She stretched her arms into the mudroom. She closed and opened her eyes. She tripped over shoes. Her bare foot struck wood—the leg of the old sofa. She touched the old damp slipcover, but it was too high—this wasn’t the arm but the back of the couch. She turned counterclockwise. She swung her hands. The walls retreated. She lunged. Was that a shelf or a mantel? Something hit her pinky, fell, and shattered.
But they were deep in adolescent sleep. Beating the wall for a light switch, she found a doorknob instead. Turning it, she opened the door into blackness, and out came a texture like goaty cheese. She crossed the threshold. Her blind eyes watered. It clotted her throat.
The cold metal bed frame touched her shin. She bent to feel the army blanket, and the afghan, and the aura of his body heat. She could lick it off him, like a mare licking placenta off a newborn foal.
“Mom?” He jumped from sleep. “Mom? What the fuck are you doing here?”
Eliot awoke. His wife was leaving. The roof of the Volvo, laden with the camp trunk and duffel, edged down the gravel driveway. He sniffed his armpit. Some coffee was left in the Pyrex pot. He turned the flame beneath it to high. Dorothea was already in the backyard, lying on a towel in the grass, her hair damp with some kind of treatment. Wires ran down from her ears, her thumbs flew across a tiny keyboard. He rinsed a mug and dried it, smelled it, checked again for turds, and then mixed the coffee with some lumpy cream his brother had left in the fridge. He ate a banana baked and blackened from the ride.
He should do it now. Grab the kid. Use a loofa or a scrub brush. Get it out of him. He stepped out to the lawn.
His Motobecane bicycle lay in two pieces on the porch by a weather-worn rocking chair. He flipped the bicycle onto its seat and spun the clamp to reattach the front wheel, then spun the wheel against his thumb, testing its spin for true. He looked toward Alistair’s window. He shot his kickstand. Barefoot, he walked the ragged lawn. He thought of camp. Who could have slept or eaten or even swum with a boy who smelled like that? He shut his eyes. He headed back inside. He passed the old couch in the mudroom on which as a boy he had read Philip Roth and Roger Zelazny. He knocked. He pushed the door open.
The kid was sitting on the floor with his back to his father. He had slept in Eliot’s old Gang of Four T-shirt, and the shirt fell like a dress around his small, curved back.
Alistair picked up a piece of plastic and dropped it—a black die with four white spots on its top. He had a graph paper notebook and a pen. On the floor were four riders, each rider with a horse—a black rider on a black horse, a blue rider on a blue horse, a red rider on a red horse, and a white rider on a white horse, the horses decorations from an ancient birthday cake. Each horse had a toothpick extending form its hooves, and without the cake beneath them, the horses could not stand.
Alistair moved the red horse four narrow floorboards toward the wall. He made notes on the graph paper. He picked up his die and rolled a five, then moved the black horse.
“Al?” Eliot said. “Did you get breakfast?”
The boy marked his notebook.
“Because I’m going for a ride.”
“Do you sell Febreeze?”
“Here, we like to say hi first.”
“I’ll take two bottles, please.”
Jennifer had parked diagonally across the white stripes that extended out from the curb. She had loosed the nylon roof rack straps that Eliot had fixed so tightly. The bag had fallen into her arms like a corpse. She left the trunk up there, but hugged the duffel to her chest and lugged it into the laundromat, where a small child screamed.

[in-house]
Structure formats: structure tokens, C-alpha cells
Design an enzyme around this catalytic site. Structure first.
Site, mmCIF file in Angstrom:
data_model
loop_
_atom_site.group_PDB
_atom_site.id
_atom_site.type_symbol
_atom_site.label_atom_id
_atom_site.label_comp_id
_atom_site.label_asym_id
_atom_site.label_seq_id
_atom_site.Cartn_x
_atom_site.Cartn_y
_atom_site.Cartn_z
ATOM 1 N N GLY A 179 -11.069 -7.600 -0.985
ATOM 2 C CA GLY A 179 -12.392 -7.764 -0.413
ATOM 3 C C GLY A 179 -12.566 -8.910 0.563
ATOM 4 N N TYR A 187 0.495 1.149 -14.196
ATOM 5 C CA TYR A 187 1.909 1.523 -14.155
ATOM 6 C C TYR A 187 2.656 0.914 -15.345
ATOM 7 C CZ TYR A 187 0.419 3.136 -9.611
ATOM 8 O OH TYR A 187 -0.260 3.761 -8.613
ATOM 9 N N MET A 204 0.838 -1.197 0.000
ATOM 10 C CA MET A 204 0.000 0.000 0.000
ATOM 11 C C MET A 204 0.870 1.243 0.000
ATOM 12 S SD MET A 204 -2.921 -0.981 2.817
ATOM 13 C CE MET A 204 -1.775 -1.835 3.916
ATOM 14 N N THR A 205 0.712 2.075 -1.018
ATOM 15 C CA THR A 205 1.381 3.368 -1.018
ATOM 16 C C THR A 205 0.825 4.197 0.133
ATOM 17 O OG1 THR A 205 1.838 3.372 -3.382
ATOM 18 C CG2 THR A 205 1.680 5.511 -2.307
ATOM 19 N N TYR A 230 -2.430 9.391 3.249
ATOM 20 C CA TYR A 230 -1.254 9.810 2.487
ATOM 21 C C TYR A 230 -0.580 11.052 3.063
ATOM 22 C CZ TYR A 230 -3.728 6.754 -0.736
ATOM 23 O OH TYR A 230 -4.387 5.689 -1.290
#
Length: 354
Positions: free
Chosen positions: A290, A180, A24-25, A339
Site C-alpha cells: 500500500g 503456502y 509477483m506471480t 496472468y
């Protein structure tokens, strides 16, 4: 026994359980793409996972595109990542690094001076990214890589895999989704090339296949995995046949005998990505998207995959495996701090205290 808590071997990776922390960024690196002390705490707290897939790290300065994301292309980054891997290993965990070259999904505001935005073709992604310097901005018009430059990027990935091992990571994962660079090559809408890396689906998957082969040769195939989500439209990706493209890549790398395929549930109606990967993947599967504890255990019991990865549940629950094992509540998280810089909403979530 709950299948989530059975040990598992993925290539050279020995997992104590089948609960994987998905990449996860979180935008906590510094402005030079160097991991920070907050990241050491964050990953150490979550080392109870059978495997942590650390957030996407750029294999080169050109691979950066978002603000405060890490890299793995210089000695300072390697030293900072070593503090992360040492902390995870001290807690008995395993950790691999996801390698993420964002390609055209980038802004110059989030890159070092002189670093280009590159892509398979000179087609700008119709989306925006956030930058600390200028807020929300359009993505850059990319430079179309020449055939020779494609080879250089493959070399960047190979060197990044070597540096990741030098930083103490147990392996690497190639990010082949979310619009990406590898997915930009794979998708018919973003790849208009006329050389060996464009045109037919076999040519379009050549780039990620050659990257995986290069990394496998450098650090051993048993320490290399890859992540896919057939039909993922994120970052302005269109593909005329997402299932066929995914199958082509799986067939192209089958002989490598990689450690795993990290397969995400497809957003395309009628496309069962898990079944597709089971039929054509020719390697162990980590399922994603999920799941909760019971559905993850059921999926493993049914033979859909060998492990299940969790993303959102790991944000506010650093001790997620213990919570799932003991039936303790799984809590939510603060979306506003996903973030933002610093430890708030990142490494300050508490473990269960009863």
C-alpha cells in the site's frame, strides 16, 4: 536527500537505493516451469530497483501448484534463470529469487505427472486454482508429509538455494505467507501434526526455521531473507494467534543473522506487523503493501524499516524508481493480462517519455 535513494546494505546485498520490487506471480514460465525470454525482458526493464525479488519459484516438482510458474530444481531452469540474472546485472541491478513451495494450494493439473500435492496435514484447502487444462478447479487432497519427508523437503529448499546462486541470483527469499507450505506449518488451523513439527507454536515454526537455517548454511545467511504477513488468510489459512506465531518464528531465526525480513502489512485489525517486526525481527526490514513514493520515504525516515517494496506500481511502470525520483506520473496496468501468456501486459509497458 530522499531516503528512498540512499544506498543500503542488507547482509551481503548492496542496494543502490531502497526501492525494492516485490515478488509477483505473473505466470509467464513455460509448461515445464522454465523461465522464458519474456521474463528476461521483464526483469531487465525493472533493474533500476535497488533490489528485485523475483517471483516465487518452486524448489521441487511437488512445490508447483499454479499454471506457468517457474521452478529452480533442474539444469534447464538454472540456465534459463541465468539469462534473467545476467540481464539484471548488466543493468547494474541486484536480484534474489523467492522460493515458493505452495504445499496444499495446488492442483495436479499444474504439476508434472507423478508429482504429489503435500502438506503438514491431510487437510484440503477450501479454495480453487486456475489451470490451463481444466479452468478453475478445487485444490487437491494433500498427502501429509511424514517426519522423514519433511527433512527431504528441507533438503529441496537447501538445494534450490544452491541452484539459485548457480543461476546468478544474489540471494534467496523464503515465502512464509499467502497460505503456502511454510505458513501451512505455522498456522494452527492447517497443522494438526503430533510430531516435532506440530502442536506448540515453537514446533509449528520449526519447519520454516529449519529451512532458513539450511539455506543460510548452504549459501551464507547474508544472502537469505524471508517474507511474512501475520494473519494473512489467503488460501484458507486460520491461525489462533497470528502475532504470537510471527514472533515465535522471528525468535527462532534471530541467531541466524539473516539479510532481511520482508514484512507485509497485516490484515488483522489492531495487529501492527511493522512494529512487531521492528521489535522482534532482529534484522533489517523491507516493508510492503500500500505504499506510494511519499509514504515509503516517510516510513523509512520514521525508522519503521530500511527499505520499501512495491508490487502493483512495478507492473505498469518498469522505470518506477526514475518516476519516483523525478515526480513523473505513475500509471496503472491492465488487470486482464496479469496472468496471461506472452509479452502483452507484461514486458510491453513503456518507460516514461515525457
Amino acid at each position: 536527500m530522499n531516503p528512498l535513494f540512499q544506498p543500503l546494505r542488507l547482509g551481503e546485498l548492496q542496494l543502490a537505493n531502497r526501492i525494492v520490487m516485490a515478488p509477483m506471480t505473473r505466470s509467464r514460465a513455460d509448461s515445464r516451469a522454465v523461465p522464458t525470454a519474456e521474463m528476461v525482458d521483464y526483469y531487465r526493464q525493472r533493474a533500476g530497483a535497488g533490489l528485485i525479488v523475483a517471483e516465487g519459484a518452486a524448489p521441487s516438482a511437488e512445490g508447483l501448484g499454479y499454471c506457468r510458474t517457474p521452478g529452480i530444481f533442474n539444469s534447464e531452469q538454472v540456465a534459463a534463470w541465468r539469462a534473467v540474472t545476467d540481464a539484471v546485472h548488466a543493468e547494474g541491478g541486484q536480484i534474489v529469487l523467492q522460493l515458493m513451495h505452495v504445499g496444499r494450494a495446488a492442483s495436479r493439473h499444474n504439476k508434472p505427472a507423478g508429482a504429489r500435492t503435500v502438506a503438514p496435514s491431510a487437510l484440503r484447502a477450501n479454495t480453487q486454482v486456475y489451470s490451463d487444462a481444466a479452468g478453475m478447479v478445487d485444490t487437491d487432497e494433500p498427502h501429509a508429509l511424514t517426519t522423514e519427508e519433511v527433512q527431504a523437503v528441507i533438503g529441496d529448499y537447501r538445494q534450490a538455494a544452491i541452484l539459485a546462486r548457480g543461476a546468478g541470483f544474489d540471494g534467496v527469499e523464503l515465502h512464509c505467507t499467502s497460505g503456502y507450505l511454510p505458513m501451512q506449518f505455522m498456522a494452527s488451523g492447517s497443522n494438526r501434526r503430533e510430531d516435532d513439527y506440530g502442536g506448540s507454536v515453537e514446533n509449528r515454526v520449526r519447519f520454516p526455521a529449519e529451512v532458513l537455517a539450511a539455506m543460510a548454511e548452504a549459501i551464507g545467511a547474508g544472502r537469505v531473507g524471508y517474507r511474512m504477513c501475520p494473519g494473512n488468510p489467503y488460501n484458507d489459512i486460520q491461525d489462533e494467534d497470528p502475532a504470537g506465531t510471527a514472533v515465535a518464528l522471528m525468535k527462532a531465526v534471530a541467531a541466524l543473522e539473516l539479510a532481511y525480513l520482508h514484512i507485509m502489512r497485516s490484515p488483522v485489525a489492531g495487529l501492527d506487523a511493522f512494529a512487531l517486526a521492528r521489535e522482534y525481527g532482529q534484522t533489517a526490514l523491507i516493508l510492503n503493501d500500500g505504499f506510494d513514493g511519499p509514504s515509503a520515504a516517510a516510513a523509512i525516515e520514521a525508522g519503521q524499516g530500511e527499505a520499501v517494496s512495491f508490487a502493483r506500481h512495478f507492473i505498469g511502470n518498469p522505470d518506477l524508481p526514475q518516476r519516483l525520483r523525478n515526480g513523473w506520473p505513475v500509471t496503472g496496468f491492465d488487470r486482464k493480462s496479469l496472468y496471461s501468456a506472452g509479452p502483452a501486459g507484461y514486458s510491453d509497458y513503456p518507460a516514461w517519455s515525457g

“Harlene,” said the mother. “Now don’t point. Don’t plug your nose. Just help me get this and—good gravy!—we can fold when we get home.”
Jennifer claimed the double loaders. She unzipped the duffel, wincing. There were his clothes, each sock marked in her hand with a laundry marker, each pair of briefs with an iron-on ALISTAIR FRIEDLANDER-BROOKSBAUM tag. His cargo shorts. His Mariano Rivera T-shirt. She shoved them down the hole. She dumped detergent into the foamy slot, then put in extra bleach. She wiped her forehead with the sleeve of her blouse. It was climbing into her clothes. It was in her sweat.
Jennifer walked through Philipsburg with her chin high and legs trembling. In Ben Franklin, she bought a three-pack of size-seven panties, a C-cup bra, a cartoon moose shirt, and a pair of sweatpants with GREEN MOUNTAINS printed on the butt. In a diner bathroom she washed her face and neck with pink liquid soap and folded brown paper towels. With a bottle of Febreeze in each hand, she marched to the Volvo and through its windows opened fire. She peeked in the washer door. She took a sniff. She put in another set of quarters and fled to the car. Then she left town.
As she rounded a curve up a dirt road, gravel flew from under her tires. The camp trunk bounced up top. Past a cow pasture, she found the bridge and the ravine. She would rescue her child. His trunk was made of black pasteboard with brass-finished corners and hinges and a lock with an old-fashioned keyhole. She ripped off the nametag with the Washington Heights address. At first bounce, its contents began to spew. His sleeping bag and his hiking pack, his wool blankets, his flashlight, his baseball books. The trunk went end over end, bouncing on scrub grass and boulder, splitting through the brambles and broken branches and beer bottles, until it came to rest in the stream bed below, just beside a hiking boot on a rock smooth and blue as a dolphin’s back. Fuck Eliot. It didn’t take a Ph.D. She wouldn’t go back to Hostos in the fall. She would teach no more adjunct classes in college composition. She would finish her dissertation this year. Fuck his long commute, Eliot was going to have to do his share with the kids.